Another huge asset for single-person video recording.  The monitor doesn’t just tilt.  Instead, it swivels and rotates, making it easy to find the right position to clearly view your scene — especially at high and low angles.  And, if you ever want or need to record vertical video, you’ll find this LCD monitor works well there, too.  And remember: this is a touchscreen monitor, with outstanding shooting control during video by simply touching the screen.  It even works for menu selections.

EOS 6D Mark II is the first full-frame Canon DSLR to offer a vari-angle LCD monitor. It’s especially useful for low- and high-angle video operation.

Full HD at up to 60 fps

Full HD remains the most popular video size for online content, and the 6D Mark II provides the option to shoot it at up to 60p (59.94 fps), which gives a very smooth rendering of any subject or even camera movement in a scene.  At Full HD (1080p), users also have a choice of 30p (29.97 fps) and 24p (23.98 actual fps), as well as 50.00 and 25.00 fps if the video operation has been set for the PAL system, commonly used overseas.   Video can also be recorded at 720p, or “HD” resolution.  Both 1080p and 720p provide compression options of IPB (relatively compact file sizes) and IPB Light (extremely compact file sizes, less than half the size of a typical IPB file).

Two Specialized Video Settings

A pair of creative options broaden what the video shooter can achieve, using the EOS 6D Mark II camera:

  • HDR Movie Achieve High Dynamic Range video results, right in-camera, with no post-processing required.  The camera shoots a Full HD video, at 60 fps, recording every other frame with about 2 stops deliberate under-exposure (nothing for the user to set…this is all done when the Mode Dial is set to “SCN” position when recording video).  Then, the camera processes this recording into a finished file, with the darker frames minimizing highlight brightness.  The finished video is in Full HD size, at 30 frames per second.
  • Time Lapse Movie Create a time lapse video, again right in-camera.  There’s no need to stitch individual still images into a finished video, using computer software.  You define in the red shooting menu the interval between frames (anywhere from one second to nearly 100 hours!), and the number of total frames you want to capture.  The 6D Mark II displays both the time it’ll require to shoot this video at these settings, and how long a finished video will play for at normal playback speeds.
  • Especially noteworthy is the menu option for the Time Lapse Movie file to be rendered in 4K size, or Full HD.  To be 100% clear, this is the only instance where the EOS 6D Mark II can deliver a 4K-size video file; any video other than Time Lapse Movie cannot exceed 1920 x 1080 in pixel resolution.

    Remote Control Options for Video

    EOS 6D Mark II offers several possible options for video recording, where you may want or need to set the camera up on a tripod (or other stable platform), and remotely start and stop video recording.  The available options are:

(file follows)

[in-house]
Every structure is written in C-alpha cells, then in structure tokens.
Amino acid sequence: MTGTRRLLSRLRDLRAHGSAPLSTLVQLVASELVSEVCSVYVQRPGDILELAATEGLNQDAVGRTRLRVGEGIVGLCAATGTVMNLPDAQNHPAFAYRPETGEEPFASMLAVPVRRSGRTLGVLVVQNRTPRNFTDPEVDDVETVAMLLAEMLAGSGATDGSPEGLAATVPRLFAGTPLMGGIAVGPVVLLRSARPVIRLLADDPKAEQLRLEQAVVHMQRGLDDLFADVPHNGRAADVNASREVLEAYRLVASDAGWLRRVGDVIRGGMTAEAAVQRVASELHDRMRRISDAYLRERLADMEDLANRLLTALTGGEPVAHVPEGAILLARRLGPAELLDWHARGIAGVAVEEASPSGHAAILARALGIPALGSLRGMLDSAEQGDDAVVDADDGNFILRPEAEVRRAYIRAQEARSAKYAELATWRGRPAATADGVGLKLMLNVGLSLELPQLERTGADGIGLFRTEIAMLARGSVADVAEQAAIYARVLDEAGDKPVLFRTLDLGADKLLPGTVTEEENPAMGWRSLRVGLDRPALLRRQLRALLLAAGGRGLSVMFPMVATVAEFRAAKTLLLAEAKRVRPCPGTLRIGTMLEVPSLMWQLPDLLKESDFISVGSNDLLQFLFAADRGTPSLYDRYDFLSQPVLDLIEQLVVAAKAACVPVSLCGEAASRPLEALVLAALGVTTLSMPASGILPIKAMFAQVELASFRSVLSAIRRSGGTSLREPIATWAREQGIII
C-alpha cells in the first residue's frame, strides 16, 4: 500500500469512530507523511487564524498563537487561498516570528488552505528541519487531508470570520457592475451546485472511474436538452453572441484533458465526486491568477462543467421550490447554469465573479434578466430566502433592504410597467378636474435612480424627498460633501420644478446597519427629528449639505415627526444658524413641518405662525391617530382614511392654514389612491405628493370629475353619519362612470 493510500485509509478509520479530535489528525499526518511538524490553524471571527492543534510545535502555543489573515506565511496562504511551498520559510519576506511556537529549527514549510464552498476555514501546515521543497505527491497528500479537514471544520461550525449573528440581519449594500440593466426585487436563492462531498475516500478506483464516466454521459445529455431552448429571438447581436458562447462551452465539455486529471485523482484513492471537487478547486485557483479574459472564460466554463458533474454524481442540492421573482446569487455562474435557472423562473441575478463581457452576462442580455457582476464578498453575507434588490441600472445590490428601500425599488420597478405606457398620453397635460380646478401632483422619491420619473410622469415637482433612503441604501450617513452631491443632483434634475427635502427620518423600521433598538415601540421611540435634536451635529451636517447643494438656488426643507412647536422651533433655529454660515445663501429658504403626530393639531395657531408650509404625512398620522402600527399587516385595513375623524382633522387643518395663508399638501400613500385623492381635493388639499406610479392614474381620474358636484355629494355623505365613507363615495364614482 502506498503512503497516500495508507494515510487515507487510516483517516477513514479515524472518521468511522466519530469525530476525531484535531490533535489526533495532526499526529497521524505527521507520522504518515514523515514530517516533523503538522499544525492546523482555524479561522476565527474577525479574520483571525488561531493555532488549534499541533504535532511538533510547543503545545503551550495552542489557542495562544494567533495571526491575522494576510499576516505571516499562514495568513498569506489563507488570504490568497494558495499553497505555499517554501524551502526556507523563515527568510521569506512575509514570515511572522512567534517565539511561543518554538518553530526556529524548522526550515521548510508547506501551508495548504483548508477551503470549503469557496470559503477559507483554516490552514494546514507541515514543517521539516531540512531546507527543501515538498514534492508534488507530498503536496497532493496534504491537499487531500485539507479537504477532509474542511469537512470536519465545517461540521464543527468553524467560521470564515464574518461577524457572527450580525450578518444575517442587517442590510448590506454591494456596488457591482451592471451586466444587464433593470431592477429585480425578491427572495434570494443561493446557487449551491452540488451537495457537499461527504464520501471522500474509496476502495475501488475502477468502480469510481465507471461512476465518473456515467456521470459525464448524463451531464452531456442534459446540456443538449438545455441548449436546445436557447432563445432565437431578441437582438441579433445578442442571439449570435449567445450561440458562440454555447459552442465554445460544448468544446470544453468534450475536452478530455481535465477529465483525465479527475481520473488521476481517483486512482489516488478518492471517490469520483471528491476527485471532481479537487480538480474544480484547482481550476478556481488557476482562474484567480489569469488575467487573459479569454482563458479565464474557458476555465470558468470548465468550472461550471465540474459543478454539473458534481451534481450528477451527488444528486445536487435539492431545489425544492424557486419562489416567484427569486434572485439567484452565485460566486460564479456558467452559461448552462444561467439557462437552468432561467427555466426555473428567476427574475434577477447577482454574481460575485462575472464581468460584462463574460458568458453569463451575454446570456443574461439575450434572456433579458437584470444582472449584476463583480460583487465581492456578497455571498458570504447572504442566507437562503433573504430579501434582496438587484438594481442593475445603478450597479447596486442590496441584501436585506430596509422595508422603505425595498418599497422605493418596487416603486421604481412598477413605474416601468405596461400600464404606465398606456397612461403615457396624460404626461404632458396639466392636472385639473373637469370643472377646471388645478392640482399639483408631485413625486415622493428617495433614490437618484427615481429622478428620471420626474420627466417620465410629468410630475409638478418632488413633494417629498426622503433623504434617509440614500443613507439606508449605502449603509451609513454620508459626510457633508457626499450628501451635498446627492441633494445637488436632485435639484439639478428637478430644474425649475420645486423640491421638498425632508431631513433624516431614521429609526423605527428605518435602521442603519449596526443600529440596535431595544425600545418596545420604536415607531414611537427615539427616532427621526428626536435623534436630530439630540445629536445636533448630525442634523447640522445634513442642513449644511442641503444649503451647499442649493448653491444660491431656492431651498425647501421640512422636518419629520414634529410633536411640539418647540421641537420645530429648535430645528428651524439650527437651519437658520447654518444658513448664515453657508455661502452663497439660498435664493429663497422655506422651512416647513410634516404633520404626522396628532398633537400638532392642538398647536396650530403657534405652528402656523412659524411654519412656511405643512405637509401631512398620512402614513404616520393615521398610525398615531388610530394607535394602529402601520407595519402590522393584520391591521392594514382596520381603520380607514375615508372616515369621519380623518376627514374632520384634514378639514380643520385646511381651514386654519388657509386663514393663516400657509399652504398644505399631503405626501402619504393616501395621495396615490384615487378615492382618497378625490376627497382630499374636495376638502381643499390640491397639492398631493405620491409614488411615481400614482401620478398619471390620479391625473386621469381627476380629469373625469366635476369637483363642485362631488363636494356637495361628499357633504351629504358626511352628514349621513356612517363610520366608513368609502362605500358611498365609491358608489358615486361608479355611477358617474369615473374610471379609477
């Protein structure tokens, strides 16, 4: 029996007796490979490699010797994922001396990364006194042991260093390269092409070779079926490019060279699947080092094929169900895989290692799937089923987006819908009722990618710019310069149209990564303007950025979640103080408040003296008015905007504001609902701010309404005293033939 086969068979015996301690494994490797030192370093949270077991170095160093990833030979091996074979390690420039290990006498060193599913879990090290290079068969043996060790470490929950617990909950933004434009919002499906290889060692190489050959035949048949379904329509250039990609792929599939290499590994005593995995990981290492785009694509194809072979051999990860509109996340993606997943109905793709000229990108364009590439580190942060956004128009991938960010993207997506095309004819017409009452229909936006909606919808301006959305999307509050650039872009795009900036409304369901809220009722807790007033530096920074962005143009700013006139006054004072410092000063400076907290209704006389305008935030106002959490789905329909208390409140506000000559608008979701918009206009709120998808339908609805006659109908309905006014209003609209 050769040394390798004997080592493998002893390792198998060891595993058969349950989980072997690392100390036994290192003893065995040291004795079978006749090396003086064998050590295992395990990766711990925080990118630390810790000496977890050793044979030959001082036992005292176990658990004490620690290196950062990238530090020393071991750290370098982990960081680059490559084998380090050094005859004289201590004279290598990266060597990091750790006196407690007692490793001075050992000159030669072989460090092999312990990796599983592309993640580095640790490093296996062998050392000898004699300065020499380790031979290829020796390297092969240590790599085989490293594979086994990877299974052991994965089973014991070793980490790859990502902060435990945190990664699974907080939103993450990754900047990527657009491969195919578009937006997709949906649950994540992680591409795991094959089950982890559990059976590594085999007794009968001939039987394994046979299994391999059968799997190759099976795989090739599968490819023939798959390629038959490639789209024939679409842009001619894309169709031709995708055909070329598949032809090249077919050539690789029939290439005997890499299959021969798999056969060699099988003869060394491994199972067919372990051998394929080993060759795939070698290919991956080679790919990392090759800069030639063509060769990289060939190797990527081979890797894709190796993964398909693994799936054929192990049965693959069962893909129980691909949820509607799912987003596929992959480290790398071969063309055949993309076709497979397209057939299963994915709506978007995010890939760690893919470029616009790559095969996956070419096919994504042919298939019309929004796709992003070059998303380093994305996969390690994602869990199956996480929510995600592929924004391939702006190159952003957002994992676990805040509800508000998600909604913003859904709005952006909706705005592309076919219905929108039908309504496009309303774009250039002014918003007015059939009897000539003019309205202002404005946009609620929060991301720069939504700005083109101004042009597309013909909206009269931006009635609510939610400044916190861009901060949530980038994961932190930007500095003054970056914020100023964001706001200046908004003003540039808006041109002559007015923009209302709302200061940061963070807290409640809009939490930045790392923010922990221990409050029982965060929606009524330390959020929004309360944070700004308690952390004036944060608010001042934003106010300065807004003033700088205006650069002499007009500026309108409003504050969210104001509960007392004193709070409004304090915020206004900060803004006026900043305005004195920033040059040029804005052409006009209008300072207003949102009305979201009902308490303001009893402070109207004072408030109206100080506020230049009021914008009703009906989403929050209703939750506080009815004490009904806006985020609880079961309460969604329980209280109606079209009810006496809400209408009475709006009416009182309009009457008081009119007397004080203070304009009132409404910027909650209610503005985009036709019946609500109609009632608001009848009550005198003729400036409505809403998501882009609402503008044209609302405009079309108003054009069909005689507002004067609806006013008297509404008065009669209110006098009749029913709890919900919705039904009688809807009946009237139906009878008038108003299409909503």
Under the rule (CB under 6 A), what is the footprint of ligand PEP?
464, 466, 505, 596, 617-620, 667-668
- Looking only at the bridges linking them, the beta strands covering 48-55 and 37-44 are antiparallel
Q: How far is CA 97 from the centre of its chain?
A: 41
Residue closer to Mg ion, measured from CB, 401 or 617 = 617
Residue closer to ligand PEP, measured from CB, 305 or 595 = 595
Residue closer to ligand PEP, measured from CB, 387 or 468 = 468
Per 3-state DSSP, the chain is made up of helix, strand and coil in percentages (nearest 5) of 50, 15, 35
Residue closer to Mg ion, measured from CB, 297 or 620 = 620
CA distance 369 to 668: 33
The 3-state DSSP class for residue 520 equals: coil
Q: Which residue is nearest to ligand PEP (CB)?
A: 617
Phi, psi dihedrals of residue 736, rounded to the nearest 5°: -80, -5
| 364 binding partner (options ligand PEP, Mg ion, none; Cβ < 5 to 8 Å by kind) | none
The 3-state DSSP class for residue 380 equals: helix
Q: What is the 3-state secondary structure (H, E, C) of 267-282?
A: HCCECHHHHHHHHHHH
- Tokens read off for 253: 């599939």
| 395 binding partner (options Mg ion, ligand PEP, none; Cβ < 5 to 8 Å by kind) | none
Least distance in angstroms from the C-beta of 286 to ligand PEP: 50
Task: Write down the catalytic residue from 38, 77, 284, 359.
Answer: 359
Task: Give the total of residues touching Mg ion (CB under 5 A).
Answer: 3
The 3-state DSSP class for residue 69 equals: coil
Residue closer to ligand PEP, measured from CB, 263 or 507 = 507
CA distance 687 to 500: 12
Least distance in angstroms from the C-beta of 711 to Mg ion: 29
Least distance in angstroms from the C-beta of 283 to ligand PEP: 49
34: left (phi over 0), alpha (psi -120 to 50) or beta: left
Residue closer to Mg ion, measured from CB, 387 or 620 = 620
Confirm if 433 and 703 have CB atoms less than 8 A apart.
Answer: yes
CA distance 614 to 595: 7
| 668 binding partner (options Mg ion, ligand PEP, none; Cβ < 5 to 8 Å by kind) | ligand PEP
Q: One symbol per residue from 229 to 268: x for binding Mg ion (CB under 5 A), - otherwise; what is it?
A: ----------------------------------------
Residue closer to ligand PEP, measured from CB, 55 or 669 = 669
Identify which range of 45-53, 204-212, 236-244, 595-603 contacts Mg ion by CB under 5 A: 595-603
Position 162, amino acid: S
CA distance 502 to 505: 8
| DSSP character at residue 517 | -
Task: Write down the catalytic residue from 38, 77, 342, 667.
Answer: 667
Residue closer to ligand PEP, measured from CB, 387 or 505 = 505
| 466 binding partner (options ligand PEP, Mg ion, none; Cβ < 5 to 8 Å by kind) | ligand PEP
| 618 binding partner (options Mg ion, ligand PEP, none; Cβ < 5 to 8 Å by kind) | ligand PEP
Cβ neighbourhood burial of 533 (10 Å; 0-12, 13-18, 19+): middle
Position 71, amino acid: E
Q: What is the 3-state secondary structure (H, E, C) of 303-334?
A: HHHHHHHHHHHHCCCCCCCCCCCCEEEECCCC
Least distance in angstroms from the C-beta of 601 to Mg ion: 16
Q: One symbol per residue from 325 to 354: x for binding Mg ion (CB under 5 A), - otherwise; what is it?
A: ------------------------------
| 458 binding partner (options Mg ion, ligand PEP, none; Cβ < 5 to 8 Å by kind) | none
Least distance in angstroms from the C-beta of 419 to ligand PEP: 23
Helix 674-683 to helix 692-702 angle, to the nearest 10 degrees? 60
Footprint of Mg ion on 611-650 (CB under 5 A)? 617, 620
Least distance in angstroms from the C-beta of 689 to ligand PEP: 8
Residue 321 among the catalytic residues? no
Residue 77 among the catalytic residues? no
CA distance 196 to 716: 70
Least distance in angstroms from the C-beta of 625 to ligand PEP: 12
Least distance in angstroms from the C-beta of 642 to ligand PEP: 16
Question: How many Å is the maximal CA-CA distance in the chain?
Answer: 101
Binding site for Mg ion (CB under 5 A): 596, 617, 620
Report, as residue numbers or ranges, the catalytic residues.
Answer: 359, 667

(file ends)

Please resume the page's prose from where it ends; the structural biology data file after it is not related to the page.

• Remote triggering with the wired, N3-type Canon remote controllers Either the traditional wired remote control RC-80N3, or the Timer Remote Controller TC-80N3, can plug into the camera’s remote control socket, and be used to start and stop video recording.  One important caveat for this — you must go into the red shooting menu, with the camera set for video, and change the default shutter button operation for video to enable video start/stop at the shutter button.  With that set, the remote control socket can now start and stop video recording.
    • Infrared remote control, with the super-compact Canon RC-6 remote controller This tiny optional remote controller, when set to its 2-second delay setting, can instantly start and stop video recording.  The only disadvantage is that it needs to be positioned more or less in front of the camera to have its signals hit the camera’s IR sensor, on the front of the body.  Be aware that for technical reasons, if using this or any previous compact Canon infrared remote controller, the 6D Mark II’s built-in Bluetooth must be turned OFF.
    • The Bluetooth Canon BL-E1 remote controller Leveraging the EOS 6D Mark II’s built-in Wi-Fi® technology, this Bluetooth-enabled, optional accessory allows the camera to be remotely fired from distances up to about 50 feet (15m), and from any direction, not just facing the front of the camera.  Like the infrared remotes, the BL-E1 can control the camera from distances up to about 16.5 feet away (roughly 5m).
    • Wi-Fi operation, using your smartphone or tablet On compatible iOS and Android devices, install the free Canon Camera Connect app, pair it with the EOS 6D Mark II, and use your smartphone or other device as a wireless remote controller for video.  The beauty of this is that it works up to about 50 feet (15m) from the camera, and if you already own a compatible phone or tablet, there’s no additional cost — the Canon Camera Connect app for iOS and Android is free.

    A Few Final Points

    The EOS 6D Mark II continues to bring tremendous value to Canon customers, and its new video features underscore that.  It offers great “bang for the buck” to both still image and video shooters, largely because of its full-frame image quality, and the features and performance included with it.  For video users, this will be a very compelling camera for single-operator video recording.


    We repeat: The combination of full-frame image sensor, the wide-angle lens opportunities that opens up, the low-light performance, and the superb Dual Pixel CMOS AF, along with the fully articulated, touchscreen LCD monitor, creates a very potent multi-media tool for still and particularly video shooting.  The EOS 6D Mark II is a great entry into effective video recording with a full-frame camera, especially for single-person operators, who may need to take advantage of the camera’s relatively light weight, excellent responsiveness and focus performance, and Full HD video quality.  Whether you’re primarily a stills or video user — or both — think about how the EOS 6D Mark II can expand your visual potential.

The CDLC contributors are compensated spokespersons and actual users of the Canon products that they promote.